Also available on many islands is SNUBA, which is a cross between snorkeling and scuba diving and does not require certification. Scenic Underwater Bubbles, also known as SUBs, are available as well. This is a self-propelled submarine that runs at speeds of up to 2 knots an hour and allows participants to cruise underwater and view marine life without getting their hair wet.
Pink Sand Beach
On Harbour Island, just a short jaunt north of Dunmore Town, walk on the pink-tinged shores of Pink Sand Beach. The water is calm here because the sea breaks softly over coral gardens not far from the shore. Here you can paddleboard, jet ski, rent a boat or experience a fishing charter.
Despite that Harbour Island is famous for Pink Sand Beach, that fact is that the blush-colored sands stretch more than 35 miles across Eleuthera.
Glass Bottom Boat Ride
For people that are hesitant to get in the water but still want a glimpse of the marine life surrounding the Bahamas, climb aboard a glass-bottom boat.
This is the perfect sightseeing excursion with up-close views of colorful coral, tropical fish, turtles, rays, eels, and occasionally, even a shark.
Several tour companies throughout the islands offer a glass-bottom boat excursion, some of which include knowledgeable guides that narrate the tour and point out landmarks and historical places.
Lucayan National Park
Located on Grand Bahama, Lucayan National Park boasts six different eco-systems including a lush landscape of pine forests, mangrove swamps, and beaches. This 40-acre park is perfect for outdoor adventurers, bird watchers, and lovers of flora and fauna.
However, the most interesting and unique feature here is the cave system which is thought to be among the largest on earth. Visitors can hike the park or explore the caves for a distinctive type of island experience.
Many travelers visit the Bahamas by way of a Caribbean cruise. Nine different cruise lines own or share several different private cays that act as day excursions exclusively for passengers. Each cay features its own activities and attractions. Disney Cruise Lines offers a stopover on Castaway Cay, located near Great Abaco Island. Holland America and Carnival share Half Moon Cay which is designed to look like a pirate movie set. Coco Cay (shown in the photo) is owned by Royal Caribbean and offers a massive waterpark and various activities. Great Stirrup Cay is visited by Norwegian Cruise Line and Regent 7 Seas. Princess Cays on the southern tip of Eleuthera is owned by Princess Cruises and is shared with Carnival. Ocean Cay MSC Marine Reserve is for MSC Cruise passengers. And the Beach Club in Bimini is exclusively for Virgin Voyages.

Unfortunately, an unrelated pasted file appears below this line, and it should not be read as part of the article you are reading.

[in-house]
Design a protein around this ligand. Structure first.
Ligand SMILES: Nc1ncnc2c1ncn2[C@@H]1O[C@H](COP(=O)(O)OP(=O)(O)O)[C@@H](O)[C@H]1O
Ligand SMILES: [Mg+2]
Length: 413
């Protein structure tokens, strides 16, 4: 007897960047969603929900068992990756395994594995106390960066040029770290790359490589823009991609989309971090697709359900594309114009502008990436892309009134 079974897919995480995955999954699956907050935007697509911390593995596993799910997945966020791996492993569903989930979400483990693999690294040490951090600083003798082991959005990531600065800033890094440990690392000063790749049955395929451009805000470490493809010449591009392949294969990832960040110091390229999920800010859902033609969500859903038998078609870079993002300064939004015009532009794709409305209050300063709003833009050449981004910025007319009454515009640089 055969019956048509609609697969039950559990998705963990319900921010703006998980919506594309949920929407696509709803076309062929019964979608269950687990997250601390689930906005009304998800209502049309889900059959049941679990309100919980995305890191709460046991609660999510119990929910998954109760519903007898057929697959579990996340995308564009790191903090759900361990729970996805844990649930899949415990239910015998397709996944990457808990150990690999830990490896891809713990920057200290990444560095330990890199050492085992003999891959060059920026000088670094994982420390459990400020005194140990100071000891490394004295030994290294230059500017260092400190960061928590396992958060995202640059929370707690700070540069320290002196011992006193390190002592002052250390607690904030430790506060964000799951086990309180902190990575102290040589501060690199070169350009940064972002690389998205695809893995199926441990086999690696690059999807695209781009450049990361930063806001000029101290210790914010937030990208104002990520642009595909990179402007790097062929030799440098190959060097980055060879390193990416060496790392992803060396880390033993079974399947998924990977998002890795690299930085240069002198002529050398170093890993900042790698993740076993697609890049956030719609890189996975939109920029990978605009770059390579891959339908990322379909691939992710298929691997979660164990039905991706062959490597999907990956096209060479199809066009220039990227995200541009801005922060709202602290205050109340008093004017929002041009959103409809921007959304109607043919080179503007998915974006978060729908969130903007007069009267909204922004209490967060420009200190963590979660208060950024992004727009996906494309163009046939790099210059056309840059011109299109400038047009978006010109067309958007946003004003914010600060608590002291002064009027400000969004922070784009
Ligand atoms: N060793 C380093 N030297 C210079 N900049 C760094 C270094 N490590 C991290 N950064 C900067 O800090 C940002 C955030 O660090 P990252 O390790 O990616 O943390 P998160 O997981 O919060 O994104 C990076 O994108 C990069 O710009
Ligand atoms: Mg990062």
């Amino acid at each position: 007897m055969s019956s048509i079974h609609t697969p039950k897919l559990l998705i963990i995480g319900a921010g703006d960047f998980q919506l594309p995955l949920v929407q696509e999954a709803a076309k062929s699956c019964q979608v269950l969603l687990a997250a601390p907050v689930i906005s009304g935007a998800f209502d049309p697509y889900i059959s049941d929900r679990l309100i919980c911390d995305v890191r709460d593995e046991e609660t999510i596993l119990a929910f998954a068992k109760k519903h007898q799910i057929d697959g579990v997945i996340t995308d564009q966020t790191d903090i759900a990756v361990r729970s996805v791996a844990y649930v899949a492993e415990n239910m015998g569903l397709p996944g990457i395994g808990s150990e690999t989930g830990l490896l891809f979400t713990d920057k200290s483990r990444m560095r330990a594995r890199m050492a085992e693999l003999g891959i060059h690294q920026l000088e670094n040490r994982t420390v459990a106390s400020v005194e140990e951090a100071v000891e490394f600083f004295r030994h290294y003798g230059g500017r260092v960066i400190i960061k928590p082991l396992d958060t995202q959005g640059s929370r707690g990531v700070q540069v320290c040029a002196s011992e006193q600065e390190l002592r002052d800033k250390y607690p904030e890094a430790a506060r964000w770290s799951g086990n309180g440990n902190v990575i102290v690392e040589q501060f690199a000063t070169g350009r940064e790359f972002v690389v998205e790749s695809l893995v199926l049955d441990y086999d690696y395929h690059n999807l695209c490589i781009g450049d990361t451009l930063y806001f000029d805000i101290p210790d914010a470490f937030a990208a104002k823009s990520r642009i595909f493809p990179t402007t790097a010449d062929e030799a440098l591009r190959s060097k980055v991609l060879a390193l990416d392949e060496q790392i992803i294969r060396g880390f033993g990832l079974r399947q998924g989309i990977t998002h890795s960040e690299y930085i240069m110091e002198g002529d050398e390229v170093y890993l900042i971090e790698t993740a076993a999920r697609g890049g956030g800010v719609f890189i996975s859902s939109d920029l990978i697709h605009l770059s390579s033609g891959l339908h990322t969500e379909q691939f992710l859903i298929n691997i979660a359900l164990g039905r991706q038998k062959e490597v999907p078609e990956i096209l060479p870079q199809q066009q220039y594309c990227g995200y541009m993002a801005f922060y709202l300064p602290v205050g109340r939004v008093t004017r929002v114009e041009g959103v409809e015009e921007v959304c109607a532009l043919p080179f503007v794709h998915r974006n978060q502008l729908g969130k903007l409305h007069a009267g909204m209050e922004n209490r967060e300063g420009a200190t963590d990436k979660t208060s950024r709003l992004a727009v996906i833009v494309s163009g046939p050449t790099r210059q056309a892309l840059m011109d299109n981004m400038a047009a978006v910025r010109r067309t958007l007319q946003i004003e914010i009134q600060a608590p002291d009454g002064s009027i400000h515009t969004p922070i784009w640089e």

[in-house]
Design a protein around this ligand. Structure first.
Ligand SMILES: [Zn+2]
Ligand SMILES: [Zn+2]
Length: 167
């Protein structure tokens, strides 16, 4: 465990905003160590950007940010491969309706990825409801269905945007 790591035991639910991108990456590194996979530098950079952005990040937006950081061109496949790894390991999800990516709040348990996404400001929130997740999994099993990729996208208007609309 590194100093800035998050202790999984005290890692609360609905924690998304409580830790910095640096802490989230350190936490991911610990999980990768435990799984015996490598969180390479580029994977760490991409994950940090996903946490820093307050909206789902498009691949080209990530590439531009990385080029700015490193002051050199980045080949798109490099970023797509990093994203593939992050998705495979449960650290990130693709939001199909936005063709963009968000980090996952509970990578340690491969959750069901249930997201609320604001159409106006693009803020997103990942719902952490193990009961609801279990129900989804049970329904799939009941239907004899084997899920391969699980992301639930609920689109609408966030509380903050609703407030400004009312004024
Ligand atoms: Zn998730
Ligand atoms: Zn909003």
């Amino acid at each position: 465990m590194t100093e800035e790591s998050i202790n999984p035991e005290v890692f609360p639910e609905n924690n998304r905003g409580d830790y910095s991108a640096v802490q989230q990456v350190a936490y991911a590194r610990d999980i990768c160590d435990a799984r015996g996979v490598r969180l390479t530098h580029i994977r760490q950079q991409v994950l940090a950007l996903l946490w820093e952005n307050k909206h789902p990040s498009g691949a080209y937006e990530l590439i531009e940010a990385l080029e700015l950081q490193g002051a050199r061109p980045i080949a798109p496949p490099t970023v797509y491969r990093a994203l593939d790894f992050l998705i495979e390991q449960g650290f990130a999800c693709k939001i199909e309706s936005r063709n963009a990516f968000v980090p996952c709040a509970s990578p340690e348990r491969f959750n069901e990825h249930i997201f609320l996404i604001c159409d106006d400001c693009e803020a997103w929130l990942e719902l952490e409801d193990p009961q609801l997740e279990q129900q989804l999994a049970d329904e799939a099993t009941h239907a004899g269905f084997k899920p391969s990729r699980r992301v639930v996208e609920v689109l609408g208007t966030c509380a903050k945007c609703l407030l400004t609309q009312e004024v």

** The word tends to receive various pronunciations due to its spelling and Spanish roots. While Bahamians pronounce it as “Key” and several people agree, there are many others that insist the pronunciation is “Kay” which is derived from the “Cayo” in Spanish. This inevitably leads to arguments.
Bonus Pick: Junkanoo
If you’re traveling to Nassau during the holidays, do not miss JUNKANOO! This is a festival similar to Mardi Gras in New Orleans and Carnival in Rio, with elaborate costumes, music, dancing, and partying in the street, from darkness to daylight.
As the major cultural festival of the Bahamas, this event is a wonderful celebration of life and freedom, commemorated on Boxing Day, December 26th, and the main event is on New Year’s Day, January 1st.
Lead – by Peter Hansen on Unsplash
Exuma’s Swimming Pigs – by Larsen9236 on Pixabay
Queen’s Staircase – by dnaveh on Shutterstock
Aquaventure at Atlantis – by Rick Josey on Pexels
Port Lucaya Marketplace – Wikimedia by Pietro Valocchi – License: CC BY 3.0 Unported
Glass Window Bridge – by Miguel Davis on Unsplash
Underwater Adventures (Nassau Dive Shark Feeding) – by Alexandra on Pixabay
Pink Sand Beach – Wikimedia by Rüdiger Stehn – License: CC BY Share Alike 2.0 Generic
Glass Bottom Boat Ride – by gdvcom on Shutterstock
Lucayan National Park (underwater cave) – by Alex Rose on Unsplash
Cruise Cays (Coco Cay) – by Fernando Jorge on Unsplash
Bonus Pick: Junkanoo – by JC Donelson on Pixabay